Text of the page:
Site location and ownership
The 1,506 ha Buenaventura Nature Reserve is located in an area of low-altitude cloud forest in south-western Ecuador and is owned and managed by Fundación Jocotoco.
The Buenaventura Nature Reserve is an example of low-altitude Andean cloud forest, a habitat that supports an extraordinary diversity of plants and animals. The reserve itself and its vicinity are home to a large number of endemic plant species that are highly vulnerable to habitat loss.
The avifauna here is one of the richest in Ecuador, with some 17 bird species of global conservation concern, facing the prospect of extinction if further habitat is destroyed.
Fundación Jocotoco established a reserve at Buenaventura in order to protect the biggest population of the El Oro Parakeet (Pyrrhura orcesii) (classified as Endangered by the IUCN Red List of Threatened Species), which depends upon the site for its survival.
Since establishing the reserve in 1999, Fundación Jocotoco has instigated active conservation management and continues to purchase further forested and cleared land to expand its size with support from WLT and others. Fundación Jocotoco has also developed high-quality visitor facilities at the reserve.
The aim here is to protect, restore and expand threatened low-altitude cloud forest to support a viable population of the El Oro Parakeets, thus averting its global extinction. Action for the El Oro Parakeet also protects the habitat of another 330 bird species and a wide range of endemic and threatened plants and animals.
The WLT Ecosystem Services team is contributing to the effort through both the Carbon Balanced programme and Reforestation programmes.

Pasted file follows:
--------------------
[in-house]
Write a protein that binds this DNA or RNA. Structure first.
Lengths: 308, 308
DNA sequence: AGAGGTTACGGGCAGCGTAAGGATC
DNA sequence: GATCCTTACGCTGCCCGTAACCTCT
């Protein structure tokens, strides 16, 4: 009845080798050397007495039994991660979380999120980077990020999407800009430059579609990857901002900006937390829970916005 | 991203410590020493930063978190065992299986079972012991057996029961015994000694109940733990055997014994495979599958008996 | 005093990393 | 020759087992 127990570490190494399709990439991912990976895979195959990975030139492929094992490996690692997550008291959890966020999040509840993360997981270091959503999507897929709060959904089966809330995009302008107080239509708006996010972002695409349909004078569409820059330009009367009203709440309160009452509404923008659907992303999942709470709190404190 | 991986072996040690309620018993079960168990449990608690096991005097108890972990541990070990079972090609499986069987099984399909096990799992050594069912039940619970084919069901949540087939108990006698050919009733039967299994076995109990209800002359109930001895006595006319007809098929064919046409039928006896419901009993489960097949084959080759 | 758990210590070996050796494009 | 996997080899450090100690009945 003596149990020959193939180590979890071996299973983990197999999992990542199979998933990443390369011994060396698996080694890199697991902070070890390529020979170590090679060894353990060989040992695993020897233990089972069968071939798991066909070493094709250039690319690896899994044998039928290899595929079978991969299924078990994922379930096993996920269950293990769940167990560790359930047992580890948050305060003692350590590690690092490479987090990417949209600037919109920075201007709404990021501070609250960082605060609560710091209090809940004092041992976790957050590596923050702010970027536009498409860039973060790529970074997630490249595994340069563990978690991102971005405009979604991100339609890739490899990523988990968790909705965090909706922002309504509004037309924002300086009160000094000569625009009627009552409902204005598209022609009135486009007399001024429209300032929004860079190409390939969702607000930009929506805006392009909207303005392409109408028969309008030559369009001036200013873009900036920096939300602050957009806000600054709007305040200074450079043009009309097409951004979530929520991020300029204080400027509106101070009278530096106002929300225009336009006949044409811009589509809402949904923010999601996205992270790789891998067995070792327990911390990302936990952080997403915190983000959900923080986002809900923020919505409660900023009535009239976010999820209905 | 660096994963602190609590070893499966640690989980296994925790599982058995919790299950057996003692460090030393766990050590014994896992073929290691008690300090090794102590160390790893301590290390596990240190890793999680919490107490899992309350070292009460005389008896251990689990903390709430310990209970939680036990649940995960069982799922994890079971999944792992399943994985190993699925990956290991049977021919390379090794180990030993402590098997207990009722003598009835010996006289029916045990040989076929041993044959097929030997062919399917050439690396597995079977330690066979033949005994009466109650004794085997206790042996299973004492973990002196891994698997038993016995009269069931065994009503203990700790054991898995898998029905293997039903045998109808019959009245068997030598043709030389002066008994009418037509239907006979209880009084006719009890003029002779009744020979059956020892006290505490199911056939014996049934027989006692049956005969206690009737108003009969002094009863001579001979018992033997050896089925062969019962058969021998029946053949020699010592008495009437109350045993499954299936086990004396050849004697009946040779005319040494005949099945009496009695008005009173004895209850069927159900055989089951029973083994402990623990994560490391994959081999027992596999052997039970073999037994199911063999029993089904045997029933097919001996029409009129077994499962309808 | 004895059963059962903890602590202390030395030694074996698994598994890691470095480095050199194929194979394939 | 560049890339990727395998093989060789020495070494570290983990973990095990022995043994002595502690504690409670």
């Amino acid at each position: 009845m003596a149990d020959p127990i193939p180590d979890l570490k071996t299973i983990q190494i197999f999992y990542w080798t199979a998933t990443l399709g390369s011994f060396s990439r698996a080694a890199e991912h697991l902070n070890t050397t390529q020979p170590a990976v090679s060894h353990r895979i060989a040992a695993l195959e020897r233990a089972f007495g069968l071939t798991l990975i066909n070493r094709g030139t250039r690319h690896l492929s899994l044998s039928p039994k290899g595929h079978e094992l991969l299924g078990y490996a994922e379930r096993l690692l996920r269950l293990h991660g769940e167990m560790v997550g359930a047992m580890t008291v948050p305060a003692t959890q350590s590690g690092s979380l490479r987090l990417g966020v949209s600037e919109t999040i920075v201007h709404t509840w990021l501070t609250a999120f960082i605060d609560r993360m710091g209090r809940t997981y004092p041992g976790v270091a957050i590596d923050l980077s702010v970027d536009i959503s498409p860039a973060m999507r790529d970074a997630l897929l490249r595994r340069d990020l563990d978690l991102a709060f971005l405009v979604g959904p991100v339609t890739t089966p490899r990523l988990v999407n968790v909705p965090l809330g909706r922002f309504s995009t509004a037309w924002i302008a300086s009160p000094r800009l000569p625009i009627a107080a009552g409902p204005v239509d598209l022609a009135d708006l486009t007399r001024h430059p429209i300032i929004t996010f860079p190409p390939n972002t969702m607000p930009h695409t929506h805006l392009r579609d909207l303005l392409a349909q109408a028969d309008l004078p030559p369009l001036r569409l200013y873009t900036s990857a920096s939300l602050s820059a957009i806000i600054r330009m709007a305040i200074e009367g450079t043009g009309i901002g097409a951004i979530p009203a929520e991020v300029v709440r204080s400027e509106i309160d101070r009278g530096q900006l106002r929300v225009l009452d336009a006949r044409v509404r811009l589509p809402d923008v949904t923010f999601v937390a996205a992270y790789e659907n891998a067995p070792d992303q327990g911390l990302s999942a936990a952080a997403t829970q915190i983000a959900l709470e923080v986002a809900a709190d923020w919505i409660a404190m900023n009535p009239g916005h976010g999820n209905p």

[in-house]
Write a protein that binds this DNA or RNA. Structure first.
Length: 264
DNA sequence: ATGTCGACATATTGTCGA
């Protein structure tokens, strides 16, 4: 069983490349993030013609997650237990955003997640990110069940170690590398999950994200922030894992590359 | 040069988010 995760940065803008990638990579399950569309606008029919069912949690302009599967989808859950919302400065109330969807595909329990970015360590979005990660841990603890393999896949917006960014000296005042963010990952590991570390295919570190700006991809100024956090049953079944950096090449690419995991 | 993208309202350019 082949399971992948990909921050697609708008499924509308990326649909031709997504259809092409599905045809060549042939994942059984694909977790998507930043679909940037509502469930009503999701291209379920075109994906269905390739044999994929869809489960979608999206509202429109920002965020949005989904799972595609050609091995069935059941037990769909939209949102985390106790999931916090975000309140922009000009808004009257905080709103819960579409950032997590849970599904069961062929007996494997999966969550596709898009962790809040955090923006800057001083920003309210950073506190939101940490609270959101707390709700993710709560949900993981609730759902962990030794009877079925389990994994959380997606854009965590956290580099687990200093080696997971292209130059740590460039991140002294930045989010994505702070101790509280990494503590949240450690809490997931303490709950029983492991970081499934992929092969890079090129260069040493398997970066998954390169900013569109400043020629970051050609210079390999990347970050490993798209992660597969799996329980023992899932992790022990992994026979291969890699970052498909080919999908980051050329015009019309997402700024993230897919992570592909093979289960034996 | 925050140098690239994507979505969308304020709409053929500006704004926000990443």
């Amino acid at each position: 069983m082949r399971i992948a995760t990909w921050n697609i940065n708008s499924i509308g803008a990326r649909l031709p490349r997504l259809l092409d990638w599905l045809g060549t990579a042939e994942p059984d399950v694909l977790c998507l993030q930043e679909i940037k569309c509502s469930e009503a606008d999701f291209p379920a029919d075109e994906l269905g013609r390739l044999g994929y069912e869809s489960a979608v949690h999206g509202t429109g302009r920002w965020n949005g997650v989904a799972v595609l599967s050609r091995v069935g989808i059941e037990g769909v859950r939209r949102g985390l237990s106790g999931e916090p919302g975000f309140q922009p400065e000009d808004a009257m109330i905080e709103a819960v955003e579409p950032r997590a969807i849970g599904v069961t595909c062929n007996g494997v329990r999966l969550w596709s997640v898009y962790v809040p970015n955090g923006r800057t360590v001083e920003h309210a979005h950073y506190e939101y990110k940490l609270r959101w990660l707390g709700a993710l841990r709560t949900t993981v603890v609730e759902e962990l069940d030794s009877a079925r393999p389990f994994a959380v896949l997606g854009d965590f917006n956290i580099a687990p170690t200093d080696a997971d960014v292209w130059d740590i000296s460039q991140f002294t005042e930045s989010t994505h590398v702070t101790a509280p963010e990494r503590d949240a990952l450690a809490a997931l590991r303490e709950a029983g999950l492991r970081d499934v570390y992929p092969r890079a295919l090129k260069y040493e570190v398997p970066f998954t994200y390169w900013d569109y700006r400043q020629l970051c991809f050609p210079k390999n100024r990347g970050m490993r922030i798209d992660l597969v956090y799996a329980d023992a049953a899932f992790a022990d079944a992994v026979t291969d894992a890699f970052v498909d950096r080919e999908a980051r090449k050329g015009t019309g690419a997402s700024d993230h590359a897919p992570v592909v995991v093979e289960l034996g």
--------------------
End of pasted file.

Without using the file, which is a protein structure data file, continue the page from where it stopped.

Carbon Balanced Programme
Buenaventura is the site of the WLT’s first Carbon Balanced project, established here in 2005 following the launch of the Carbon Balanced programme. It involved the purchase of a 10 ha extension to the reserve, taking it down-slope and so incorporating slightly dryer habitat supporting a distinctive avifauna.
This 10 ha plot was grazed by livestock prior to purchase, preventing re-growth of forest. Once acquired, the land was planted with native tree and shrub species which, over the 20 year project duration, will result in the sequestration of an estimated 1,420 tonnes of CO2. The progress of this emerging forest will be recorded every 5-7 years to check that the amount of CO2 accumulated in the vegetation matches initial estimates.
WLT’s Reforestation Programme
WLT contributed to the purchase of a 240 ha property strategically placed to secure a corridor used by the El Oro parakeets to reach an adjacent forest block up slope of the existing reserve. 200 ha of this corridor consisted of pasture, forming a barrier between forest blocks. This pasture would once have been forest, and has been planted with native species, including fast-growing pioneers and slower-growing mature forest trees.
The nurseries established to supply trees for the reserve provide a supplementary income to local families. Further, the reforestation of slopes denuded of trees reinstates water storage, protecting water supplies to the nearby town of Piñas.
Fundación Jocotoco continues to seek funding to enlarge the reserve through land purchase and tree planting. Ultimately, it is planned to expand the reserve to cover some 4,000 ha.